LMU Law to Host CLE Event in Honor of Black History Month

Elbert Williams is pictured with members of the NAACP in 1940

Elbert WilliamsLincoln Memorial University John J. Duncan, Jr., School of Law (LMU Law) will host Tennesseans for Historical Justice (THJ) on Friday, Feb. 21. The program, entitled “Dealing with the Ethical Implications in Past Crimes Involving Racism,” will examine the unsolved murder of Elbert Williams.  

In June of 1940, the body of Elbert Williams was discovered on a riverbank in Brownsville, Tennessee. Nearly 80 years later, his murder is still unsolved; however, THJ continues to work to resolve the case and bring Williams’ murderer to light. Speaking at the LMU Law event will be Elbert Williams Memorial Committee Chair John Ashworth, former Federal Bureau of Investigation agent and current THJ board member Cynthia Deitle and retired attorney Jim Emison. Ashworth will speak on the history of racial terrorism in Tennessee while Deitle will discuss hate crimes in East Tennessee. Emison, who has devoted much of his time since his 2011 retirement investigating and writing about the Elbert Williams case, will outline the case and discuss recent developments.

THJ is a non-profit organization created a year ago to educate the public about civil rights history and to work to eliminate prejudice and discrimination by organizing public racial reconciliation events in the state of Tennessee. On May 15, 2018, Tennessee Governor Bill Haslam signed into law House Bill No. 2624 creating the Tennessee Civil Rights Crimes Information, Reconciliation, and Research Center. The Center functions as an informational clearinghouse for unsolved civil rights crimes in the state of Tennessee and coordinates volunteer activities related to that mission. THJ aims to lessen the burdens of government by providing resources to and working alongside the Center in order to conduct a statewide survey to document all civil rights crimes perpetrated in the state of Tennessee.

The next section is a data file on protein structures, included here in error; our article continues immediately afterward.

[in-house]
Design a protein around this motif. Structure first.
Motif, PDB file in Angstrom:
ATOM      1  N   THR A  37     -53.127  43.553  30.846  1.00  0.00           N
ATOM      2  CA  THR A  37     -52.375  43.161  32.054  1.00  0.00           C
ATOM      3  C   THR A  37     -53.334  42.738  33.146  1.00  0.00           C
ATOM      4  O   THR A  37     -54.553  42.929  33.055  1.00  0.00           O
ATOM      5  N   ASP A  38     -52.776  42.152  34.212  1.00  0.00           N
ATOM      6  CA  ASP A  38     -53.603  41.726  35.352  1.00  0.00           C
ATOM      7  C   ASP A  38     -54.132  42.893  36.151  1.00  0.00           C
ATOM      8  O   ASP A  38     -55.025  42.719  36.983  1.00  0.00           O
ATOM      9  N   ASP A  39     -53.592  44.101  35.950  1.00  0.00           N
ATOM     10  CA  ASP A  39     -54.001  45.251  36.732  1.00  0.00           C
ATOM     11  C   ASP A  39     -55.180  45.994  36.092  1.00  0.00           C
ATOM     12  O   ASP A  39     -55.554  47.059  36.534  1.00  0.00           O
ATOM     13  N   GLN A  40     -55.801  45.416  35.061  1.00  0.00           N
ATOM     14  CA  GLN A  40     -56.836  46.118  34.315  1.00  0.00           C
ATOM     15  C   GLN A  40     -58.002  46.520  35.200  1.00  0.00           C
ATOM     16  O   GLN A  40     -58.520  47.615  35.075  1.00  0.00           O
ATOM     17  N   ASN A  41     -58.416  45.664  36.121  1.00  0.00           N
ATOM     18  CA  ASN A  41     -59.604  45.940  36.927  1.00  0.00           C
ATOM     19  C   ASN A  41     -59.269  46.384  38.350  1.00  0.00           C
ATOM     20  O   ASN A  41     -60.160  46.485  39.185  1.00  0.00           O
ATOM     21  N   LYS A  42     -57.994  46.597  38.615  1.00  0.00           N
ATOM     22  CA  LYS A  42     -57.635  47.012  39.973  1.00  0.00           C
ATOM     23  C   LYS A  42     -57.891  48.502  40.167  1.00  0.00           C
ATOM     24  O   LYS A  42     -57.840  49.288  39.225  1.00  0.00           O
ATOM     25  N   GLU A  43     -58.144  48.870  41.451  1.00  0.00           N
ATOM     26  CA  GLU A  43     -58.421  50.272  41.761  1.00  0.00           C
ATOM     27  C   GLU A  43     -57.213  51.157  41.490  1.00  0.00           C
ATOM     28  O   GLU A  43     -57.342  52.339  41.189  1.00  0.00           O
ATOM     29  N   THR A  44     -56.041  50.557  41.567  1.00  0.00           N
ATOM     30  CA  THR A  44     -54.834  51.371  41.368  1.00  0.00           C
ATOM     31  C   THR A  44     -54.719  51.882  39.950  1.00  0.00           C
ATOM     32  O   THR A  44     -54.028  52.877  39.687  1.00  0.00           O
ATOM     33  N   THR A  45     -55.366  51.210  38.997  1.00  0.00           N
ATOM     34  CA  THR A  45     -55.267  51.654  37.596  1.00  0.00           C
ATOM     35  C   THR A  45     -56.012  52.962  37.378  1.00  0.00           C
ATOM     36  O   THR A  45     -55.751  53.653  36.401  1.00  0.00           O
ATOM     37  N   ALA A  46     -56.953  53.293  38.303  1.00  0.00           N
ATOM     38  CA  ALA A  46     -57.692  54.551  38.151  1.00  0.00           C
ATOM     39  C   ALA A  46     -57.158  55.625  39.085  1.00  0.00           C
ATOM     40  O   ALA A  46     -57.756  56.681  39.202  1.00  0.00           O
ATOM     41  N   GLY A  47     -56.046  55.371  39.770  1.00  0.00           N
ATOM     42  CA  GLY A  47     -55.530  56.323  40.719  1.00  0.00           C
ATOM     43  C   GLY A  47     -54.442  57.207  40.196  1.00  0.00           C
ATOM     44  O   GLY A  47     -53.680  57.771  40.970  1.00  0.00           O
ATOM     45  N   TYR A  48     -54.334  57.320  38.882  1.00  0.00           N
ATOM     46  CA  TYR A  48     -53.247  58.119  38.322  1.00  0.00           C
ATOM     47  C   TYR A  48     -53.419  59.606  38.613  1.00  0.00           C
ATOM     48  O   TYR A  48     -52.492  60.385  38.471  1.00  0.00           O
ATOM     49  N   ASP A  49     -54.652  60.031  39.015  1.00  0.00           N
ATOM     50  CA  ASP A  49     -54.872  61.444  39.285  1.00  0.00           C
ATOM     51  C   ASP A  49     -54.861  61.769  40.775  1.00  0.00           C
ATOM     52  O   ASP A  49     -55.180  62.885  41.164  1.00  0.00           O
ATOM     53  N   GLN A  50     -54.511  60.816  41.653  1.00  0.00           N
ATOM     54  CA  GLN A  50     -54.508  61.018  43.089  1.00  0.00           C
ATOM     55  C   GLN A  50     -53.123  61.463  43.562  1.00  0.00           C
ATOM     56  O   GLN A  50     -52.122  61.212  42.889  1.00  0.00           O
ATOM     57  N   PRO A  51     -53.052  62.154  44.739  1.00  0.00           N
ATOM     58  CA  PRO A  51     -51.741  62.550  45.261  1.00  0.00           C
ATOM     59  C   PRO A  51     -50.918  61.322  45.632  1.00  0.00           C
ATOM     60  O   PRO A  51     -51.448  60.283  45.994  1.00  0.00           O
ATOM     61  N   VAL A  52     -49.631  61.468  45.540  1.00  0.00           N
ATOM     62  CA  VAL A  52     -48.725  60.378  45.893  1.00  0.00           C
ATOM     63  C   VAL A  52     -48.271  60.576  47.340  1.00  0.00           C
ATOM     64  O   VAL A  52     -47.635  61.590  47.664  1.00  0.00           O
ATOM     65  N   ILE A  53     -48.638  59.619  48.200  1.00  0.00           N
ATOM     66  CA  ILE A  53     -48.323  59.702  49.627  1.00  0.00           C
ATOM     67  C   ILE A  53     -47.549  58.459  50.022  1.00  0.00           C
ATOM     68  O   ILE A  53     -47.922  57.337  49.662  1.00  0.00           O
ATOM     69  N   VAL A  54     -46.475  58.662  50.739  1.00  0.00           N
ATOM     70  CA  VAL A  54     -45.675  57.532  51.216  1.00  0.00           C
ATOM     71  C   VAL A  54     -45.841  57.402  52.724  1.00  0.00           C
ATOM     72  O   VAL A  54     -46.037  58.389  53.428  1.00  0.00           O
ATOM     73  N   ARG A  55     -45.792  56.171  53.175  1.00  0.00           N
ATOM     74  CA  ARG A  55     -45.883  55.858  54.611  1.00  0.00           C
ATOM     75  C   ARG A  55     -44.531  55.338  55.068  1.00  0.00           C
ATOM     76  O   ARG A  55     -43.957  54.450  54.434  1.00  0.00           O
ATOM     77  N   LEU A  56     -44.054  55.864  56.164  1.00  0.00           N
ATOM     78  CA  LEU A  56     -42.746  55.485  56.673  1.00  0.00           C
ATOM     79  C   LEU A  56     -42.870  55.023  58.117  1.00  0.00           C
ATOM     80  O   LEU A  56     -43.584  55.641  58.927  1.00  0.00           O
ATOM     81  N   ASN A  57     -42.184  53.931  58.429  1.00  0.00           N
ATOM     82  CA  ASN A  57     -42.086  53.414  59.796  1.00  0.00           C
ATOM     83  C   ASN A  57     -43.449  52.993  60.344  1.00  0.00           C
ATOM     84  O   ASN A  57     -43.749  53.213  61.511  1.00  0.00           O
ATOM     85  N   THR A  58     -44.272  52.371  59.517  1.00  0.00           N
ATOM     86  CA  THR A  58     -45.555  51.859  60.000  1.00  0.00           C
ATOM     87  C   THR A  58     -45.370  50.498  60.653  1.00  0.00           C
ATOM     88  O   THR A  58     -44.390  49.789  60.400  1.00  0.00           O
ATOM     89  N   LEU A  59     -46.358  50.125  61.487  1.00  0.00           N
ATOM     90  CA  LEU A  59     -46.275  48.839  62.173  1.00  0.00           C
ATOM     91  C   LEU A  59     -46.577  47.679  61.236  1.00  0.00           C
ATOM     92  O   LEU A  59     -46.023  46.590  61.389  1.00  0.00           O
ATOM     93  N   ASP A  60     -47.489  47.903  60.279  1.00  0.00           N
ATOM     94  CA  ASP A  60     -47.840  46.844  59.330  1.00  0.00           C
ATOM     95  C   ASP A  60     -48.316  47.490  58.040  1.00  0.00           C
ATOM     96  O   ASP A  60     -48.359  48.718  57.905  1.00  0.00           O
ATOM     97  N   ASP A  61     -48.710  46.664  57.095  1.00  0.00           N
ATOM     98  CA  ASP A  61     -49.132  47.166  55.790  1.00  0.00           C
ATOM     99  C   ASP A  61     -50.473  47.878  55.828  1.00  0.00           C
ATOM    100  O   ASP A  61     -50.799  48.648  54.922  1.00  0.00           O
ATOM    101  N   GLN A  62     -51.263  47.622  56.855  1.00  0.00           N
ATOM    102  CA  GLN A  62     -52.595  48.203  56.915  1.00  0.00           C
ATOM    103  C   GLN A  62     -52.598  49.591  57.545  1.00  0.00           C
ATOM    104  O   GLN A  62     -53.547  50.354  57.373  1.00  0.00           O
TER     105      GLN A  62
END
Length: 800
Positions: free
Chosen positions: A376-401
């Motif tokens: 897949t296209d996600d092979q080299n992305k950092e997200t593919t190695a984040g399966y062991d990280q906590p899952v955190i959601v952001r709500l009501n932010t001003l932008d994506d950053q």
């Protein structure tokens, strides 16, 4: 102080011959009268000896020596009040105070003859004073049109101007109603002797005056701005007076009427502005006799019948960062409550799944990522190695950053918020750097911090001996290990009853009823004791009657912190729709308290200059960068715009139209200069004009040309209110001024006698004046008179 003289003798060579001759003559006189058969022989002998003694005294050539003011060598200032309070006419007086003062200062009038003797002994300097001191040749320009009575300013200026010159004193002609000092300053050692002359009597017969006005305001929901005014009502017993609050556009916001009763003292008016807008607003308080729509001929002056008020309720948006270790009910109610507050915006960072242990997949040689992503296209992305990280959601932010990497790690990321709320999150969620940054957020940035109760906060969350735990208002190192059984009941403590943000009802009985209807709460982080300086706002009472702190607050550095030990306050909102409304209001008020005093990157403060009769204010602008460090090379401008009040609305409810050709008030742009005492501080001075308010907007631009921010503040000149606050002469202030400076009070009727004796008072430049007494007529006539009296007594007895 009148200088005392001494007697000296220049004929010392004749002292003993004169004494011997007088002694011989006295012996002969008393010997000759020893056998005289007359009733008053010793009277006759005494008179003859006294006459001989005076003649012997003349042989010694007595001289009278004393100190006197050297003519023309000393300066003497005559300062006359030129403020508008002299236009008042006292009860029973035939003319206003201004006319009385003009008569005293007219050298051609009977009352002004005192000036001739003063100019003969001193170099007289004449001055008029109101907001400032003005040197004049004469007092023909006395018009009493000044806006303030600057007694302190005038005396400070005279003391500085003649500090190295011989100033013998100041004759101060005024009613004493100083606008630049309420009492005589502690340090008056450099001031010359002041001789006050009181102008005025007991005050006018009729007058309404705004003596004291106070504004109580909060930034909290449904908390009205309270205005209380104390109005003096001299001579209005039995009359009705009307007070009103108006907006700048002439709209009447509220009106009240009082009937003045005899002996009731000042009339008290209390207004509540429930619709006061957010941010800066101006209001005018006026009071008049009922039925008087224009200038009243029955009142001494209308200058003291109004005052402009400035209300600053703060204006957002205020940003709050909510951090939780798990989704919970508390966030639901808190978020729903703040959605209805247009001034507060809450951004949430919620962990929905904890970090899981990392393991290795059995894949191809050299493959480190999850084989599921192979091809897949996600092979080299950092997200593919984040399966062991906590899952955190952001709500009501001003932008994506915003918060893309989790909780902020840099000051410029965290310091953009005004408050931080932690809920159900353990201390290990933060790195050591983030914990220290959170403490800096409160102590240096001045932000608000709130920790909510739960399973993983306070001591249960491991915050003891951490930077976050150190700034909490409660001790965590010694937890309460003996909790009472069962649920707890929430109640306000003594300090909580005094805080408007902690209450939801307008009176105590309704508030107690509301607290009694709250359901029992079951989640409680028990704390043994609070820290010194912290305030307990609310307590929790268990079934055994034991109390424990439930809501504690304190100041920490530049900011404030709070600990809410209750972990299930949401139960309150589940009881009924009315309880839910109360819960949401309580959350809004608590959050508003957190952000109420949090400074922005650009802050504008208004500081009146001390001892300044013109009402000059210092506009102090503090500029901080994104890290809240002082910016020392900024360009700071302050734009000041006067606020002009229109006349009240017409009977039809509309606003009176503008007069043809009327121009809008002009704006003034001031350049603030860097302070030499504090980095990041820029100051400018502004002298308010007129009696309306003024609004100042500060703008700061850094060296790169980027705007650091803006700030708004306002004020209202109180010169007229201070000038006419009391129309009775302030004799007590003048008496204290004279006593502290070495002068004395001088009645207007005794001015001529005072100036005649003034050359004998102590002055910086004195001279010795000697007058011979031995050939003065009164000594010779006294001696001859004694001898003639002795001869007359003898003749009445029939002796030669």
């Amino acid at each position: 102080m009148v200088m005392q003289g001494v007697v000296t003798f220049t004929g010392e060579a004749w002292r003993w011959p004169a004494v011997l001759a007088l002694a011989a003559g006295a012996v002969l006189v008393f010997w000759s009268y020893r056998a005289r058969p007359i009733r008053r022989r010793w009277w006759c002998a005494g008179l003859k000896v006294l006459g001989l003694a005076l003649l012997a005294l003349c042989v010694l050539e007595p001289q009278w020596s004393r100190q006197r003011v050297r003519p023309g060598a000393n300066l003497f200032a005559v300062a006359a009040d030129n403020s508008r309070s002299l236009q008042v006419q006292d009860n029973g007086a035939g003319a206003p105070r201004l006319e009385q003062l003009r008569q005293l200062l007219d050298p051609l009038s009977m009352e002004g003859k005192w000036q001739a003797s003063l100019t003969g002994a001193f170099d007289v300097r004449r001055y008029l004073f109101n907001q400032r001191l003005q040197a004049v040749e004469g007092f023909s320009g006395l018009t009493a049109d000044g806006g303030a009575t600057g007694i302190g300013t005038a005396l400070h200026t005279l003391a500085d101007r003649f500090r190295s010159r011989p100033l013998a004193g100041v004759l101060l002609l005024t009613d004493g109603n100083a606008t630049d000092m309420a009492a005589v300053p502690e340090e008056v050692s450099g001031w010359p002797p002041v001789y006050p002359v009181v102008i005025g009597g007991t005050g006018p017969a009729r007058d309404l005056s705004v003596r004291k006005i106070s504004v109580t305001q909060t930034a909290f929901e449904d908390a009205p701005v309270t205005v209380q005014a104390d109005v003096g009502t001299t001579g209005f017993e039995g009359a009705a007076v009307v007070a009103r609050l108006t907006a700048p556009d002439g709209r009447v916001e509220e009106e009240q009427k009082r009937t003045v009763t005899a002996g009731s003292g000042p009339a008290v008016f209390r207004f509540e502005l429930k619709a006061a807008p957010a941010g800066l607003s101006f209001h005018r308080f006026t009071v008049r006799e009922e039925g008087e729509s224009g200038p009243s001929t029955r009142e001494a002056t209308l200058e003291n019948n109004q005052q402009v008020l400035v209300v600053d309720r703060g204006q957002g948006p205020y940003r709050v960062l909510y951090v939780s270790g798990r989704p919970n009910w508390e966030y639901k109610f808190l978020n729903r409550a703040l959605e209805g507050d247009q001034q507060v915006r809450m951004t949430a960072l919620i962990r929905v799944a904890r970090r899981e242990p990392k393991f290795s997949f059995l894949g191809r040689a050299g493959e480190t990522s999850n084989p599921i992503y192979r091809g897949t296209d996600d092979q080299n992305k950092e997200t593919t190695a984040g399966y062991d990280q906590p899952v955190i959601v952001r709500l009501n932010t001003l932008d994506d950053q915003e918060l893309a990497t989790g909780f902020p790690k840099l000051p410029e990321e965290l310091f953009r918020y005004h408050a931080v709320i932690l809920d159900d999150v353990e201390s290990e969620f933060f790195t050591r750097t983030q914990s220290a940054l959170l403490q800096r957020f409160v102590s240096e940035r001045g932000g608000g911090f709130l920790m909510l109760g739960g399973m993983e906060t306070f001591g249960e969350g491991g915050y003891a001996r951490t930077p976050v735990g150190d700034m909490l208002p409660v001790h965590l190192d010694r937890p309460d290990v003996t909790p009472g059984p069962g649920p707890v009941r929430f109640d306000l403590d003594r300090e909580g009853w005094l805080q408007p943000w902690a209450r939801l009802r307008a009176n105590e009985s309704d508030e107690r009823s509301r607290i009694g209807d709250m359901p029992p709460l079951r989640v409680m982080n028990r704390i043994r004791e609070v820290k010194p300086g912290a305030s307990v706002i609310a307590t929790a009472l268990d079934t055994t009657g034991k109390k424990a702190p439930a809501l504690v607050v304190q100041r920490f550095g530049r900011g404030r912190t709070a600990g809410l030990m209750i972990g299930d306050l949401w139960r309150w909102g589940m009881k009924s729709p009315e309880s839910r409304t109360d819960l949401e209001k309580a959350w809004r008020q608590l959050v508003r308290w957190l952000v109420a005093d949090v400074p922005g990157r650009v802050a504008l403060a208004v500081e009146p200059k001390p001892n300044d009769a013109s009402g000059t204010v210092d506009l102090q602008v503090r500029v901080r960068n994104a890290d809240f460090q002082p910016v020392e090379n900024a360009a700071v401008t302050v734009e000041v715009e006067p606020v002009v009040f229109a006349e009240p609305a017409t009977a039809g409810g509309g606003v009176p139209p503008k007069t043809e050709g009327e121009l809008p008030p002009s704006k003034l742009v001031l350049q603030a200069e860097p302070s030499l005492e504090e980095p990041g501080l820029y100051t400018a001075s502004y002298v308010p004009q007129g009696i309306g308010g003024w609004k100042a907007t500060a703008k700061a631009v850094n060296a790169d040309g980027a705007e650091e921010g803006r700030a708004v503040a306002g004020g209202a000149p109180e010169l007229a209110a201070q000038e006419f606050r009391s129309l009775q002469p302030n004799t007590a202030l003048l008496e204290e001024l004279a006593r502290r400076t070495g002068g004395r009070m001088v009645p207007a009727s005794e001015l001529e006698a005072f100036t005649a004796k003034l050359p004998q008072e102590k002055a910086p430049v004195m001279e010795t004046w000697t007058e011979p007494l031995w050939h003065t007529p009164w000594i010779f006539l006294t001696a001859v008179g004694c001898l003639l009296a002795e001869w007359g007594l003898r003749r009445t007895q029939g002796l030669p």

Three hours of dual continuing legal education (CLE) is available for the program, which runs from 8:30 a.m. until noon. The cost is $35 and includes a continental breakfast. For more information or to register, contact April Hurley by phone at 865.545.5339 or by email at LMULawevents@LMUnet.edu.    

The Lincoln Memorial University Duncan School of Law is located in Knoxville’s Historic Old City Hall Building. LMU Law is an integral part of LMU’s values-based learning community, and is dedicated to preparing the next generation of lawyers to provide sound legal service in the often underserved region of Appalachia and beyond. LMU Law is approved by the Council of the Section of Legal Education and Admissions to the Bar of the American Bar Association, 321 North Clark Street, Chicago, IL 60654, 312-988-6738.

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